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THE OLYMPIC ULTIMATUM
Jerry Kirshenbaum
January 28, 1980
For more than two weeks the President of the United States had restrained himself, hoping in vain for some sign that the Soviet Union would heed the warning he had delivered in his Jan. 4 television speech. On that occasion, Jimmy Carter said that unless the U.S.S.R. discontinued its "aggressive actions" in Afghanistan, the U.S. might withdraw from the Summer Olympics in Moscow. Last week, with Soviet troops still very much in Afghanistan, the President decided it was time for a flat-out ultimatum: if those forces are not off Afghan territory by Feb. 20, the U.S. would not compete in Moscow.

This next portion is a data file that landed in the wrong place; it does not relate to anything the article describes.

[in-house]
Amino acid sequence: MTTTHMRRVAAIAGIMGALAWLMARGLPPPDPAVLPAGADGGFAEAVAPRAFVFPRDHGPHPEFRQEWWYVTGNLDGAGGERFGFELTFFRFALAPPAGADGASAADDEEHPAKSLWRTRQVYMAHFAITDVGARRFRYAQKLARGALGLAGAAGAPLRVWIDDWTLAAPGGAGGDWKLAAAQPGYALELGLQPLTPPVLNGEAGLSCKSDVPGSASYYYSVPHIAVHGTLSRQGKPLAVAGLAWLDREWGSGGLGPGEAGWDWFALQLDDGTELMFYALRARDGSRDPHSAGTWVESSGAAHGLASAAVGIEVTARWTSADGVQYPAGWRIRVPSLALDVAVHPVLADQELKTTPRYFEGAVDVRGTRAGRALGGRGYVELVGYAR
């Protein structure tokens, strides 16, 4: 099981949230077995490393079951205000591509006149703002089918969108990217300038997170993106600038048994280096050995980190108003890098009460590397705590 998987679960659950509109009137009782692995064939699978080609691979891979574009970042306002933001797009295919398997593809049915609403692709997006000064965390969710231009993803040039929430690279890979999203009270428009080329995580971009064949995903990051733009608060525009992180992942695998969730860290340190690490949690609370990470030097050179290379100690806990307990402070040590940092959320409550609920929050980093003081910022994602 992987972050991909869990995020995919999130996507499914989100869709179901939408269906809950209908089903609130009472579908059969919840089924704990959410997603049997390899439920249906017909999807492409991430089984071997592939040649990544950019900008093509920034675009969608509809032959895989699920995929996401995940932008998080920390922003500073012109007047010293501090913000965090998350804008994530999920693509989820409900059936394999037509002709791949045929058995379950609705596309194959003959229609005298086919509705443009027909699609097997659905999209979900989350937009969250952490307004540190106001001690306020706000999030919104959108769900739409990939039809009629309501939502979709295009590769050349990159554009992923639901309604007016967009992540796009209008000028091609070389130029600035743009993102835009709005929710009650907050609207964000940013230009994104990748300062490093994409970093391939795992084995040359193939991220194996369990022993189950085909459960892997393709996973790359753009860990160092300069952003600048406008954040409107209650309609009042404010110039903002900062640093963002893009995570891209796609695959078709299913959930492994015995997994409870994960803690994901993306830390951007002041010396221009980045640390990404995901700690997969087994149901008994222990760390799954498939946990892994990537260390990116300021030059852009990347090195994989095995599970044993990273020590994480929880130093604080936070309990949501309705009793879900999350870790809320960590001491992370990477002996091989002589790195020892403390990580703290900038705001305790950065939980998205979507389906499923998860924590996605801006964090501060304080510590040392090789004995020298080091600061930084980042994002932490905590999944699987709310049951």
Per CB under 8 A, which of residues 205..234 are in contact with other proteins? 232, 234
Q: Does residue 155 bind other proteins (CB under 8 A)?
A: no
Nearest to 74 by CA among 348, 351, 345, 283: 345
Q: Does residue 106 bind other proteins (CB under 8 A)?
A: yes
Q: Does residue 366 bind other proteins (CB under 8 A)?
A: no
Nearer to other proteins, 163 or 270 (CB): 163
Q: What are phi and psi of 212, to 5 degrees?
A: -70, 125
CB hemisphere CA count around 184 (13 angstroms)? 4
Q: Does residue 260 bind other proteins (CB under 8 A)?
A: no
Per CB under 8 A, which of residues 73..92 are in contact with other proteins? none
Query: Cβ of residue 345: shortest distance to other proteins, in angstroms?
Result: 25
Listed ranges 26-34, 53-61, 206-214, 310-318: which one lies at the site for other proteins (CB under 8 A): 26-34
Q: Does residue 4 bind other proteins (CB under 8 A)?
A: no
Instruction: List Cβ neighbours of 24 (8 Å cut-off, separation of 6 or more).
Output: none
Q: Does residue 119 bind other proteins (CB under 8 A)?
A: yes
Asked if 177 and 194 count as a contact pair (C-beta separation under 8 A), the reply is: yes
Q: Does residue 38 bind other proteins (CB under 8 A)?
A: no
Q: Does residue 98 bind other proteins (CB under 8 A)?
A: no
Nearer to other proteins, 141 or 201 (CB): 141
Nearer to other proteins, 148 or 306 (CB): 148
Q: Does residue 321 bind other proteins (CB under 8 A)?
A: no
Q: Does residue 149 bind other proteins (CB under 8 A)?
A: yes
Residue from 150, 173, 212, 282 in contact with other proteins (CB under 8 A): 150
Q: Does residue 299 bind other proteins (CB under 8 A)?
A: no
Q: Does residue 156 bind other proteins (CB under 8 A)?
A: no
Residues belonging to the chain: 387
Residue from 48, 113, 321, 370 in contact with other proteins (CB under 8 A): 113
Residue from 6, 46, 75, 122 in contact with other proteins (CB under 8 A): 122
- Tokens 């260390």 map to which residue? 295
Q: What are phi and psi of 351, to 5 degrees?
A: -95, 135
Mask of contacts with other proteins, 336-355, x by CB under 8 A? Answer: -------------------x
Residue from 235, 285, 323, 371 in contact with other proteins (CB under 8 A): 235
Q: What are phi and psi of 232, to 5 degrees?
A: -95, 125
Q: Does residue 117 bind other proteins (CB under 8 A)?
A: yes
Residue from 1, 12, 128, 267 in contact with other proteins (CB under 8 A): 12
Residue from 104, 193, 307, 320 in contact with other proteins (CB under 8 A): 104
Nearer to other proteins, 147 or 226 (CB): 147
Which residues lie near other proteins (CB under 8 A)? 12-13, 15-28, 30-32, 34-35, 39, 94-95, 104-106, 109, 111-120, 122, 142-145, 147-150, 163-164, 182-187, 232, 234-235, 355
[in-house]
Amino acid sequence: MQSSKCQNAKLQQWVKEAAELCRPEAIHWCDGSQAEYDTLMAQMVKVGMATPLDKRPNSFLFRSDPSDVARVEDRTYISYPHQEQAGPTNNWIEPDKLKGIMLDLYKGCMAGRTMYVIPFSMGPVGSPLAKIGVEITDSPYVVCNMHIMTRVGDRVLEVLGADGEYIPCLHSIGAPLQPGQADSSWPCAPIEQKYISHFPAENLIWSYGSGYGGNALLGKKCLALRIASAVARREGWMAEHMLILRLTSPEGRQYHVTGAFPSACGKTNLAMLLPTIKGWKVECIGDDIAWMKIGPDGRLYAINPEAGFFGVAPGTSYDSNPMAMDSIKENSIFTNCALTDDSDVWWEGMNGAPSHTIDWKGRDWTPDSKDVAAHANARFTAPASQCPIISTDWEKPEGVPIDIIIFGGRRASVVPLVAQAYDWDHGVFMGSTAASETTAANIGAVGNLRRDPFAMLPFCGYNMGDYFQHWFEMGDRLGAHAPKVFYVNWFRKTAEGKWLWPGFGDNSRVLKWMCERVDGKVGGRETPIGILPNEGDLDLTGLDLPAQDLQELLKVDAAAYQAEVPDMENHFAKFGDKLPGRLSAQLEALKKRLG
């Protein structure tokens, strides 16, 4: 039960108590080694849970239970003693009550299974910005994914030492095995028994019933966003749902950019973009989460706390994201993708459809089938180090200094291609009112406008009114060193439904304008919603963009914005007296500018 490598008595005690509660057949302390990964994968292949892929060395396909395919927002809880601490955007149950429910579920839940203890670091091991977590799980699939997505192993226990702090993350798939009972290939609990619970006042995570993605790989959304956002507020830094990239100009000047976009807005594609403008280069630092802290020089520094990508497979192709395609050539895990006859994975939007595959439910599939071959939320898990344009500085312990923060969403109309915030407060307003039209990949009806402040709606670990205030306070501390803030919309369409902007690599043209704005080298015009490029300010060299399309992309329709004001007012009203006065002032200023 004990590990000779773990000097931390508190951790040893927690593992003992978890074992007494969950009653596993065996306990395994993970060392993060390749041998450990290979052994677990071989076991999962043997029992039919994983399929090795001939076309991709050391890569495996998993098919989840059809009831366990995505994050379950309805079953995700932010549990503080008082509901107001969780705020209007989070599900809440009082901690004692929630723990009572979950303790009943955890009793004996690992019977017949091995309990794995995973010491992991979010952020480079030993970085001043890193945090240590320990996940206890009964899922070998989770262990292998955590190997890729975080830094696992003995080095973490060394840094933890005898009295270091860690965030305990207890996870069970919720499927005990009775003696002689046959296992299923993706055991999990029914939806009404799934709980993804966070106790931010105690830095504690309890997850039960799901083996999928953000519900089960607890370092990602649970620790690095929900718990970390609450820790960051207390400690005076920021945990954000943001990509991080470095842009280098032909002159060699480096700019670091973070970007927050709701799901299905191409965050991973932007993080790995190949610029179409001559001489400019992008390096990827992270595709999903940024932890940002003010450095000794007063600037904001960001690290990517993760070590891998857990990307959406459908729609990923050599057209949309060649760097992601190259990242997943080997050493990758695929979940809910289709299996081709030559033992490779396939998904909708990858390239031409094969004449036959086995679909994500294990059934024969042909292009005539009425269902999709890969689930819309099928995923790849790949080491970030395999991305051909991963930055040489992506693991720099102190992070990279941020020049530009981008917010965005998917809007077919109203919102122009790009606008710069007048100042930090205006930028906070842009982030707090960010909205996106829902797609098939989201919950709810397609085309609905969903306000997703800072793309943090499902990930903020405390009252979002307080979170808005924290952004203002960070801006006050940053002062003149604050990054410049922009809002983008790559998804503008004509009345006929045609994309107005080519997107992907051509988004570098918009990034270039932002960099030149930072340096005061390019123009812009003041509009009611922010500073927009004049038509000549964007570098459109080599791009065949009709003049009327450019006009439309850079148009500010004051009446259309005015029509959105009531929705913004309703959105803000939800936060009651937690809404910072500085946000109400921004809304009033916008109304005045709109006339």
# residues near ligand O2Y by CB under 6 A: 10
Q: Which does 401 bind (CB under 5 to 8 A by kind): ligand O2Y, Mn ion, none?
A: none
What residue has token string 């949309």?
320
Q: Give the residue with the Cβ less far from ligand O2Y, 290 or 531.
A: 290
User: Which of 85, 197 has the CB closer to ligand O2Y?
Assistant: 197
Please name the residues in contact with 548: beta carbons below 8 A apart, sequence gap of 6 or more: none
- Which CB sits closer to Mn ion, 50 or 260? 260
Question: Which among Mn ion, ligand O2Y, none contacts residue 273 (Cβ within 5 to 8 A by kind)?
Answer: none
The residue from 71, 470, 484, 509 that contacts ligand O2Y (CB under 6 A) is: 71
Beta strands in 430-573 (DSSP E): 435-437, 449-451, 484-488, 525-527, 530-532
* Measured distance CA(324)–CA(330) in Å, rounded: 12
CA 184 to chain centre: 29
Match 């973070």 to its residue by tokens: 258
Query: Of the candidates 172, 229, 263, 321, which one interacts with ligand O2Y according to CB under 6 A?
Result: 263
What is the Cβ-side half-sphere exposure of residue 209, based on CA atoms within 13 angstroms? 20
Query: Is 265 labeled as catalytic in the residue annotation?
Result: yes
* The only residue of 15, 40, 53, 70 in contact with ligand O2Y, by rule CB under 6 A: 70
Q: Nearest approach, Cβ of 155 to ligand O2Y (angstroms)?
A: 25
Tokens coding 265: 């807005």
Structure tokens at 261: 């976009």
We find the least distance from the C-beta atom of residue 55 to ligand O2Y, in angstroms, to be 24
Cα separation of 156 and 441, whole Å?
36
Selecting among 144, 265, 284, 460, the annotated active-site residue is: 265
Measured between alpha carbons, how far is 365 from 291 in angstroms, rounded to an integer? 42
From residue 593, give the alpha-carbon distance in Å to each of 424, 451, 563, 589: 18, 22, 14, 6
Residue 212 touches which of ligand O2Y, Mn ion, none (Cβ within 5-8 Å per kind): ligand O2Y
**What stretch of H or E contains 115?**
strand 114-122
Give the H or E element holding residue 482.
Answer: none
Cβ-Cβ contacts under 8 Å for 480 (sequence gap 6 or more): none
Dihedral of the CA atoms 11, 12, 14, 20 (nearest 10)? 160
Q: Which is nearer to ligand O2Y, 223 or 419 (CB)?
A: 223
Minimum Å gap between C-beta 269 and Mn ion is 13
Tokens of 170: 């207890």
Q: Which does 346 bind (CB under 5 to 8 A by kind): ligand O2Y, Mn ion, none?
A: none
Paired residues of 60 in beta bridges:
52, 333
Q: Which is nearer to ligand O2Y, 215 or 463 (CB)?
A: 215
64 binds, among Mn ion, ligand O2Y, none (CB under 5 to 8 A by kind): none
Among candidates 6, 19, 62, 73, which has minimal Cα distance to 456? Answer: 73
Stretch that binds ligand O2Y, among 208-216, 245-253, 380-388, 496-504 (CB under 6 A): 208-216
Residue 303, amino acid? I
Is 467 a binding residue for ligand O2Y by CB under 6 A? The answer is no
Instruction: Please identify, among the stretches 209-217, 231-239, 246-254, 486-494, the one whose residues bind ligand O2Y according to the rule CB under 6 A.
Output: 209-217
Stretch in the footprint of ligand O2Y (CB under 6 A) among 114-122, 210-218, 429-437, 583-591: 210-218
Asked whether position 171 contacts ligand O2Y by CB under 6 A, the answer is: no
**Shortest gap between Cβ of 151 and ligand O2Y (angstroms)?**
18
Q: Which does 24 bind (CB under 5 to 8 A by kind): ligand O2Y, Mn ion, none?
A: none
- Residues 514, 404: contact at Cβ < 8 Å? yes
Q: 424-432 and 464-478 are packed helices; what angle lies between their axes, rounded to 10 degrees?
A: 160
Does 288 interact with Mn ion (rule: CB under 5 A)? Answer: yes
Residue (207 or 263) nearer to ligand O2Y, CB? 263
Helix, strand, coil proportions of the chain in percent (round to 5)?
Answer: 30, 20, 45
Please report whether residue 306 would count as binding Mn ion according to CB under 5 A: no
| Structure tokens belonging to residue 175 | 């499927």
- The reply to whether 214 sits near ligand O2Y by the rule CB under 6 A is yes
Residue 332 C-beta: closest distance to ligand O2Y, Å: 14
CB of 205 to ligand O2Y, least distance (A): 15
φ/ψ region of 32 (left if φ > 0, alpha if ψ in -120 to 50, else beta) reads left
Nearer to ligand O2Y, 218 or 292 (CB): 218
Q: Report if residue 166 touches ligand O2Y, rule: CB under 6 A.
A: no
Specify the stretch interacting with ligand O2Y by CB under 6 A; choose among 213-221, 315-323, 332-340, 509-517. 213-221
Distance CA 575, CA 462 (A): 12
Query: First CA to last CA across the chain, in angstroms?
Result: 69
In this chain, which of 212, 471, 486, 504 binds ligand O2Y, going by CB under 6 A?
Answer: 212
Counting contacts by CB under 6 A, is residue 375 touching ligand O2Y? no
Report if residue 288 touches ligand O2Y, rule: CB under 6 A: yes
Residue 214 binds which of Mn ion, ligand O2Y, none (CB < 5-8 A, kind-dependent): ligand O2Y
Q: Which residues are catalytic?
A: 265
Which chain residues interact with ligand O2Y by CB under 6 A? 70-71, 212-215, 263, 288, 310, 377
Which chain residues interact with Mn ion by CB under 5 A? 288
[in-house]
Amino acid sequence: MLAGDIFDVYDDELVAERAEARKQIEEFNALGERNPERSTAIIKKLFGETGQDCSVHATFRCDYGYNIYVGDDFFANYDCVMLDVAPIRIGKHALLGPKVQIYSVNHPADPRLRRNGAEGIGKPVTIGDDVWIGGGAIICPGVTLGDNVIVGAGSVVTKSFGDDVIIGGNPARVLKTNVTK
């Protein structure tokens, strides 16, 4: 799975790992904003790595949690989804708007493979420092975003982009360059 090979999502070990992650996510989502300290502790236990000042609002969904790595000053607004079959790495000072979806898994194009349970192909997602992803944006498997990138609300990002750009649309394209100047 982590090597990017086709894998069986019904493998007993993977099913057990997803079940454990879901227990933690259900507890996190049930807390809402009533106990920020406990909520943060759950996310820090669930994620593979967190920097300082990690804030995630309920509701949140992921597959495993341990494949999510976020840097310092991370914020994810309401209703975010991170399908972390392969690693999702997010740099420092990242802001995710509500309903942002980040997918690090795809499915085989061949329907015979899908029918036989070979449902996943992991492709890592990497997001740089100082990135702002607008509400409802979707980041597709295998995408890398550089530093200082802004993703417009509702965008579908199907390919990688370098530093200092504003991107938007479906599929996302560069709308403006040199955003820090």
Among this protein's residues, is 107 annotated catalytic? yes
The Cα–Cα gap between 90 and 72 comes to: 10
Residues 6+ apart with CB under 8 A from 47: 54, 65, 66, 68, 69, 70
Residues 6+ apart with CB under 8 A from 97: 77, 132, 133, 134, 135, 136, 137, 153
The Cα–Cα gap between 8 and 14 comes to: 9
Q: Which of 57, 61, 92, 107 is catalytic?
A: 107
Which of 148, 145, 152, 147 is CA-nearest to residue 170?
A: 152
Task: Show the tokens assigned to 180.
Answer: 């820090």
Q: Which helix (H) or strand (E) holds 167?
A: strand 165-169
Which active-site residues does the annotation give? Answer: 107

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January 28, 1980

The Olympic Ultimatum

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It may or may not be an accident that the Feb. 20 deadline falls during the 13-day Winter Olympics in Lake Placid. In his letter to the USOC, Carter said he wanted the Winter Games to go on, presumably with Soviet athletes on hand. As things now stand, the President is scheduled to officially welcome those athletes when the Games open on Feb. 13. The prospect of Soviet leaders having the pleasure of returning the compliment in Moscow on July 19 seems remote indeed.

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